A CLINIC which carried out unregistered liposuction treatment has been handed a large fine in the first case of its kind.
Northern Clinic.com was fined £40,000 and ordered to pay another £22,500 in costs after performing a cosmetic surgery known as “Body Tite” on people at clinics in Wakefield and London.
Magistrates in Wakefield heard how the prosecution by the Care Quality Commission (CQC) was the first under the new regulations introduced as part of the Health and Social Care Act.
Northern Clinic.com admitted two offences of carrying out a regulated activity without being registered.
Prosecutor Iain MacDonald told the court how the procedure involved the insertion of a cannula into the body to remove fatty tissue.
He said the CQC carried out an investigation and documents discovered at the Wakefield office showed that clients were paying fees between £2,750 and £4,000 for the treatment.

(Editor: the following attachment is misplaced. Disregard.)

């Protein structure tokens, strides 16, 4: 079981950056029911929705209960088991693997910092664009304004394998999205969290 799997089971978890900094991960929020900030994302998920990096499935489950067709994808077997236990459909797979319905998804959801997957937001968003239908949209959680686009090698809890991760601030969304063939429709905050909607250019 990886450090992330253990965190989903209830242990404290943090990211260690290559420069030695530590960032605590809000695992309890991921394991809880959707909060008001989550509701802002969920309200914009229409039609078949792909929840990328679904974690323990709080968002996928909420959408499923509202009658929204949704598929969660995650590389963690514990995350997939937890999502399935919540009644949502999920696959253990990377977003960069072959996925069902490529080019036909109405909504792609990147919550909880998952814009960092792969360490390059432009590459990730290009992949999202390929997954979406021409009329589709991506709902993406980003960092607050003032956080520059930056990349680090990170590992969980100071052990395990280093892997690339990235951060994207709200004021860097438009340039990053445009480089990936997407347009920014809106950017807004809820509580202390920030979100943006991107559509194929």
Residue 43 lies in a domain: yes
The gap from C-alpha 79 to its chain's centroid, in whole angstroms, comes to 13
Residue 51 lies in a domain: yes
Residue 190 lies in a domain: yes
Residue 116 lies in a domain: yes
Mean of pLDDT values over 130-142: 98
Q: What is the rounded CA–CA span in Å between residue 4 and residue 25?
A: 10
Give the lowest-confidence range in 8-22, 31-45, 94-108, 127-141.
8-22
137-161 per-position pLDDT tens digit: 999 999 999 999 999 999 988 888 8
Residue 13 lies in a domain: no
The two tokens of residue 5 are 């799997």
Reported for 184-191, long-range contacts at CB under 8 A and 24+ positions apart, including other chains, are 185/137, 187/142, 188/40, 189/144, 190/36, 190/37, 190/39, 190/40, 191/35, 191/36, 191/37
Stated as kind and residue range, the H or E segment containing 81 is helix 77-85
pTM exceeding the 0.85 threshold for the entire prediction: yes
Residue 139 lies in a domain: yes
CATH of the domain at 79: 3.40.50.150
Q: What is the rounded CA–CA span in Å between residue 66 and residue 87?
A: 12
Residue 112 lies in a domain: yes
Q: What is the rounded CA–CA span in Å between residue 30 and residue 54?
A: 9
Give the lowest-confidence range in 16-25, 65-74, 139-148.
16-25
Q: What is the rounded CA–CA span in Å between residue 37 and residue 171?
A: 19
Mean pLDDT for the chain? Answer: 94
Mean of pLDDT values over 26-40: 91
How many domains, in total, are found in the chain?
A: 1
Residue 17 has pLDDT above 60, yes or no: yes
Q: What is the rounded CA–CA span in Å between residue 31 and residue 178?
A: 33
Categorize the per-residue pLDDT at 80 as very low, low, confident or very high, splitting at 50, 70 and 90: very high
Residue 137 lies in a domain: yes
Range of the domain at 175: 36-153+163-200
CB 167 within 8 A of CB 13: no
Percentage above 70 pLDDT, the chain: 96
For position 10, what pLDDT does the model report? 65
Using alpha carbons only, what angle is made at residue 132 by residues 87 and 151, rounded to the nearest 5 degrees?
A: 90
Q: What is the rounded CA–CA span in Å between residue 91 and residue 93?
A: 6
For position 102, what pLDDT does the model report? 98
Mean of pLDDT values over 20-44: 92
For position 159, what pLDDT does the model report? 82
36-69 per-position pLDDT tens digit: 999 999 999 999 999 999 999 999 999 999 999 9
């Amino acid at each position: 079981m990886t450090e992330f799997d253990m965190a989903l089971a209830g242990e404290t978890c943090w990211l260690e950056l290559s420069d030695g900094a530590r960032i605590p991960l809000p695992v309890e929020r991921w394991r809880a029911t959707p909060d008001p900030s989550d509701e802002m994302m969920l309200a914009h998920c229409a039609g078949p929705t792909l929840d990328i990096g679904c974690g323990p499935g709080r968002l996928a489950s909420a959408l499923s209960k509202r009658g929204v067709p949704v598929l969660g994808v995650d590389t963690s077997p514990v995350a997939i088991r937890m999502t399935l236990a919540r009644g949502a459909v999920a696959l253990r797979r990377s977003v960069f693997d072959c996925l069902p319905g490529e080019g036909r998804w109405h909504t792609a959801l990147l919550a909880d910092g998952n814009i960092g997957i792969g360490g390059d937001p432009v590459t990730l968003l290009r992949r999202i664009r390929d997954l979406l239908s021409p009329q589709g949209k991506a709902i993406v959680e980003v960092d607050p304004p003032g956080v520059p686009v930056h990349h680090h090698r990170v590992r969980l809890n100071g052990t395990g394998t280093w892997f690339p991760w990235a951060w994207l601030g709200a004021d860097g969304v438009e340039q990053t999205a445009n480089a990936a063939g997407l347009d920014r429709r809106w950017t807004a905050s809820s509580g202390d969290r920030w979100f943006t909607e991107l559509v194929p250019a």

Mr MacDonald told the court a woman in London who paid £3,000 for the Body Tite treatment went on to spend six nights in hospital suffering post-operative complications.
The firm were advised three times by the CQC that is shouldn’t carry out the activity without registration.
A spokesman for the CQC said after the case: “Neither the company nor the locations where treatment were being carried out were registered with the Care Quality Commission and so people using the service were at risk of receiving treatment which did not meet the standards which are required by law.
“Unregistered providers of private healthcare can present a risk to the public because they are not subject to scrutiny by the regulator,” he said.
The CQC was established to ensure hospitals, care homes and other care services are meeting government standards in the services they provide to clients.
It announced recently that it had dismissed one of its own inspectors after an internal investigation triggered by whistle-blowing within the organisation, because that worker’s professional judgement was “seriously compromised”.